16. S — on 22nd May, 2006 at 6:15 pm  

    Garry–
    1. That single act could rightly be called insurgency. Al-quaida however frequently targets civilians and should be called terrorist.

    2. That is feckless but one assumes that was not the intention. You could call it a war crime.

    3– Vietnam carpet bombing. Here we have to argue about the intent. I am not enough of a historian to say whether this was primarily intended to terrorise the population or had other strategic intent. If the former then yes it is terrorism. Carpet bombing cities would these days be considered a war crime no matter the intention.

  17. Roger — on 22nd May, 2006 at 7:12 pm  

    “War with Zulus.
    Cause: the Zulus.
    Zulus exterminated.
    Peace with Zulus.”- ’1066 & All That’s summary of the Zulu war. The russians seem to be following a similar policy in chechnya. Does it count as terrorism or grand strategy?

  18. Ravi4 — on 22nd May, 2006 at 8:52 pm  

    Ananthan – I do feel some discomfort that contributors here might be downplaying the brutality of the SL Govt. And that they might take the democratic nature of the SL govt to imply that the SL Tamils don’t have a legitimate case for self determination. But I agree with those who say that we have to accept that the Tigers are terrorists – violent, militaristic and subject to the autocratic personal rule of Prabakharan and his clique. That’s not changed by the fact that they carry out certain governmental duties doesn’t change that. Osama bin Laden & AQ built roads, clinics, schools etc in Sudan and Afghanistan. That doesn’t change the fact that they are violent, murdering Jihadi terrorists.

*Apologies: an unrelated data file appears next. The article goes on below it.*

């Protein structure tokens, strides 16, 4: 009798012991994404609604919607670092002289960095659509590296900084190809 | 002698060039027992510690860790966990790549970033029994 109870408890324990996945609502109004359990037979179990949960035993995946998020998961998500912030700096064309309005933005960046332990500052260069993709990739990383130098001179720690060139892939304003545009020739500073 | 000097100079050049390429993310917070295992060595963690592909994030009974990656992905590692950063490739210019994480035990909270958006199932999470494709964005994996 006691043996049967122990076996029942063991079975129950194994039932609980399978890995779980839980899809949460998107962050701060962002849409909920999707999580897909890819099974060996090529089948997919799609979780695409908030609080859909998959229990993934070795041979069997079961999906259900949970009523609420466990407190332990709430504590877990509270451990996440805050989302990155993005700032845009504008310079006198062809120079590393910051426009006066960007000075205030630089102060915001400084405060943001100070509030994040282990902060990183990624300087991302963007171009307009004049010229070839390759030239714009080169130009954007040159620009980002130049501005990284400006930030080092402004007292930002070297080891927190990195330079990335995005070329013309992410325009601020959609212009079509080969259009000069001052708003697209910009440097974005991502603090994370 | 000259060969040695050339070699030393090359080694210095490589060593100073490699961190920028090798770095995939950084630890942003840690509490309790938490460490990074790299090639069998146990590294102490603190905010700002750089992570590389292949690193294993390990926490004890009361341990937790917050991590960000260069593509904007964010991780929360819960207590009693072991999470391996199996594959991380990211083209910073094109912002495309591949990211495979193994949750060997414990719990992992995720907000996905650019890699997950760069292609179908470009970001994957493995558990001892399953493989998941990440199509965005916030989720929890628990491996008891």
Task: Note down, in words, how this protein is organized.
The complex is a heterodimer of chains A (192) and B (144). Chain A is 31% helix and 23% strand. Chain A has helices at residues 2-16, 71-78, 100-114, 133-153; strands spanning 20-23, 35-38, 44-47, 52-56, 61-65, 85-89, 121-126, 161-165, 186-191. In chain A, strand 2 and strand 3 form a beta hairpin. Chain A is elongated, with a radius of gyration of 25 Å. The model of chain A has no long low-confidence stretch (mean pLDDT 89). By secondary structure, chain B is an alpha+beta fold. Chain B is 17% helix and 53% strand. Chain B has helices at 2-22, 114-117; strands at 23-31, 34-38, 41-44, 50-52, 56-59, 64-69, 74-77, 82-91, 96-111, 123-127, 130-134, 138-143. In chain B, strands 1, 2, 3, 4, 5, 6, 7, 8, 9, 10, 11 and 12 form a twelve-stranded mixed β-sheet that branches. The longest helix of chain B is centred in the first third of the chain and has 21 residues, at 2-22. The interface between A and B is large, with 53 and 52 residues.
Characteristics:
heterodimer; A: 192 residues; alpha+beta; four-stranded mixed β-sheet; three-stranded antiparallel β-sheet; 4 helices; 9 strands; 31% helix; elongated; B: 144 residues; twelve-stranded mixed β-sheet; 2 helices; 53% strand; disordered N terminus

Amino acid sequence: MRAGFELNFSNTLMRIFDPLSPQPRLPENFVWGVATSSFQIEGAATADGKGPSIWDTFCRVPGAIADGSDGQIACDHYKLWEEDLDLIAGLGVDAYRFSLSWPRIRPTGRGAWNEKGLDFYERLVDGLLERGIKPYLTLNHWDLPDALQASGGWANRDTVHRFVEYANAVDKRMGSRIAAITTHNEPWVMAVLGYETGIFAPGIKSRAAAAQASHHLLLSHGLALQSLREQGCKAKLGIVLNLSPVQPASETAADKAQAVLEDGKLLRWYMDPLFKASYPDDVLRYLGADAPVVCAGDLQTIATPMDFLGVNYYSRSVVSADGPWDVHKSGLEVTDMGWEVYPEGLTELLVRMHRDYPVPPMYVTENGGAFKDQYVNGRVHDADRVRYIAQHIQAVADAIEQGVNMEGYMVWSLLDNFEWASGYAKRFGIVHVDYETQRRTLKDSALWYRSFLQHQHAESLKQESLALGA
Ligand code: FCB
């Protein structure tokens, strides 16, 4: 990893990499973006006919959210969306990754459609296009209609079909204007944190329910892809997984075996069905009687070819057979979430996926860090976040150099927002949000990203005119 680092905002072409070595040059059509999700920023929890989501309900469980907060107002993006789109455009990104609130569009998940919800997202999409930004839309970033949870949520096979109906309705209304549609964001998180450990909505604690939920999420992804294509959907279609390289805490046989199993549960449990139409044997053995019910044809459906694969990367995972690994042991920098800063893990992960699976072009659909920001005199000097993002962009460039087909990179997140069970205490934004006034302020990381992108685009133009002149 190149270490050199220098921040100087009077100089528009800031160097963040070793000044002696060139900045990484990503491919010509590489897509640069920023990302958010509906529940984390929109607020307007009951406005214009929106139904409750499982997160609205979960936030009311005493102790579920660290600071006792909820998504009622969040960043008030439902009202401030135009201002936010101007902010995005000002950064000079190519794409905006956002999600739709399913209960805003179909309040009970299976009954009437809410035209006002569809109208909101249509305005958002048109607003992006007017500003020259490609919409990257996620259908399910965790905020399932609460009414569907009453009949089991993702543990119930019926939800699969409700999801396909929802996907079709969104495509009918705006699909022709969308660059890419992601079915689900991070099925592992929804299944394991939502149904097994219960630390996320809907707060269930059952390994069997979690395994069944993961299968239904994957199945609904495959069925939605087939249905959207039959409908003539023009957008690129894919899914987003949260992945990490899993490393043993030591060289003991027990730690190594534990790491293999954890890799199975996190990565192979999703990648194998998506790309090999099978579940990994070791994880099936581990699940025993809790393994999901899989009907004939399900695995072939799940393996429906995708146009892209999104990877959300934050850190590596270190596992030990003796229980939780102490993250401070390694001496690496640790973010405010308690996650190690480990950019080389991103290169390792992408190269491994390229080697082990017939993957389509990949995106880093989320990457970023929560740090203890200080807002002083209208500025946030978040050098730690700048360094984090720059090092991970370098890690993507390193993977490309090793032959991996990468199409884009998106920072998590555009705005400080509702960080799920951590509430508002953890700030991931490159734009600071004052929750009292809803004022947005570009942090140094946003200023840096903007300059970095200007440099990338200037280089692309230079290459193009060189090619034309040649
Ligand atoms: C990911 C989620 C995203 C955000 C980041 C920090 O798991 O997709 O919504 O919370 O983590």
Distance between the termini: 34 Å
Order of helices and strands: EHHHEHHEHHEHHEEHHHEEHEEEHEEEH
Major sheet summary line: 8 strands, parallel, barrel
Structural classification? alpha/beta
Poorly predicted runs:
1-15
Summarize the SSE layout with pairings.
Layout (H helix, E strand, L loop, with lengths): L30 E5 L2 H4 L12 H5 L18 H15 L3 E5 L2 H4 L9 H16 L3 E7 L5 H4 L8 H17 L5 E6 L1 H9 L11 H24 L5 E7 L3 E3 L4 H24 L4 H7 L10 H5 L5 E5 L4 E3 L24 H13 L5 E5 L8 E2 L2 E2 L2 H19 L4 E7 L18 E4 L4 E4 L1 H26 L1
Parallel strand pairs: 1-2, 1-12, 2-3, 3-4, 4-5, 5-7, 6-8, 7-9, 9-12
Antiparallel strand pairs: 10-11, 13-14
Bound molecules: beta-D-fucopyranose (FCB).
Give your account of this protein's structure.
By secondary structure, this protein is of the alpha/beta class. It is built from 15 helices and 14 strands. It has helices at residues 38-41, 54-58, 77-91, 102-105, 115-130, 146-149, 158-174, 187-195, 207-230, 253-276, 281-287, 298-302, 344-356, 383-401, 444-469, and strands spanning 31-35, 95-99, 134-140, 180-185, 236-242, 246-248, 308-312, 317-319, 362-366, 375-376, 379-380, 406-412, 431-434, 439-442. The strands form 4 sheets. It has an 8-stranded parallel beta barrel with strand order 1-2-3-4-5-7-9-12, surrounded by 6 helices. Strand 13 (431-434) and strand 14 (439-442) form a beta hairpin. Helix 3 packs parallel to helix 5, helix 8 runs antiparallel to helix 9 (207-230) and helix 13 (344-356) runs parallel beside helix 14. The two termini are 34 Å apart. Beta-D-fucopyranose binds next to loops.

The definitional problem is a real one. But from what I’ve read I believe the deliberate targetting of civilians and noncombatants is near to being a consensus part of any definition. That goes for govts too – that’s why Bomber Harris’s WWII campaign against German cities is now called terror bombing. (Michael Walzer’s “Just and Unjust Wars” is quite good on that.)

    On the more general issue of BBC terminology, I made a similar point to Garry on the previous Sri Lanka thread. For some time the BBC has failed to term ANYBODY a terrorist, including the 7/7 suicide nutters, Islamic Jihad, Zarqarwi’s civilian slaughtering “resistance” etc, unless quoting somebody else. Putting this right was one of the major recommendations of a BBC Governors report of 2 May. See:
    http://www.bbcgovernors.co.uk/docs/reviews/panel_report_final.pdf

    Sam

  19. Ravi4 — on 22nd May, 2006 at 9:37 pm  

    Terrorism has a kind of glamour to it, especially for certain young men. As does nihilistic violence more generally – see Sam Peckinpah’s Straw Dogs/Cross of Iron/Pat Garrett and Billy the kid. I think this sick “glamour” driver for terrorism is neglected. But of course it’s not an excuse.

    Ravi

  20. Garry — on 23rd May, 2006 at 1:58 am  

    S-

    I pretty much agree with you. But.

    In 1, Bush certainly and Blair probably would call the single act terrorism, whether the person was a member of al Qaida or not. Similarly, the UK government always called IRA attacks against the UK military terrorism rather than insurgency. It’s a political disagreement.

    In 2, I agree. But others would argue that firing a missile into an area when you know it will cause civilian casualties is a terrorist act. Again, its a political disagreement.

    You may know that the second example actually happened a few months ago in Pakistan. Reports vary but the ST said five women and five children died. Not terrorism but probably a war crime as you say. Sadly, there’s absolutely no chance that anything’ll be done about it.

    In 3, there was a deliberate attempt to force the NV govt. to surrender by carpet bombing their cities. Deliberate targeting of civilians in order to promote a political objective, in other words. Those most keen on the “war” on terror would never accept that that was terrorism though. And they’d go nuts if the BBC called it that.

    Again, the point is that there is political disagreement over whether it was terrorism.